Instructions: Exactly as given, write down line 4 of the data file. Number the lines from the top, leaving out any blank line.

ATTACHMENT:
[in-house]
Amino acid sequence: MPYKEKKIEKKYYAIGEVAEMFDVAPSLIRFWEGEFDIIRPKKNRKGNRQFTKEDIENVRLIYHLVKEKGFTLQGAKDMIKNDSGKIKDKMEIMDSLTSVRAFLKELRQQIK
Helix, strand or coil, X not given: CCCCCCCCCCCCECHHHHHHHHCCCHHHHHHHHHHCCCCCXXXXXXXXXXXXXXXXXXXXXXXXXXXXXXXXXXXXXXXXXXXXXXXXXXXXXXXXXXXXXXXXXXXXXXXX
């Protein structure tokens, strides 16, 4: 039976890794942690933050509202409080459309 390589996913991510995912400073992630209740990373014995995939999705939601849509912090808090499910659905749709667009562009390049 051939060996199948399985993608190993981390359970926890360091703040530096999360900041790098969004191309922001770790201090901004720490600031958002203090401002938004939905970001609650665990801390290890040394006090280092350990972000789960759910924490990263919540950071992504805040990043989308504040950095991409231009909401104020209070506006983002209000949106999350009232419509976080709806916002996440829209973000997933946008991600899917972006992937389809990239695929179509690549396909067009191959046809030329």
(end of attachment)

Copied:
């Protein structure tokens, strides 16, 4: 039976890794942690933050509202409080459309 390589996913991510995912400073992630209740990373014995995939999705939601849509912090808090499910659905749709667009562009390049 051939060996199948399985993608190993981390359970926890360091703040530096999360900041790098969004191309922001770790201090901004720490600031958002203090401002938004939905970001609650665990801390290890040394006090280092350990972000789960759910924490990263919540950071992504805040990043989308504040950095991409231009909401104020209070506006983002209000949106999350009232419509976080709806916002996440829209973000997933946008991600899917972006992937389809990239695929179509690549396909067009191959046809030329």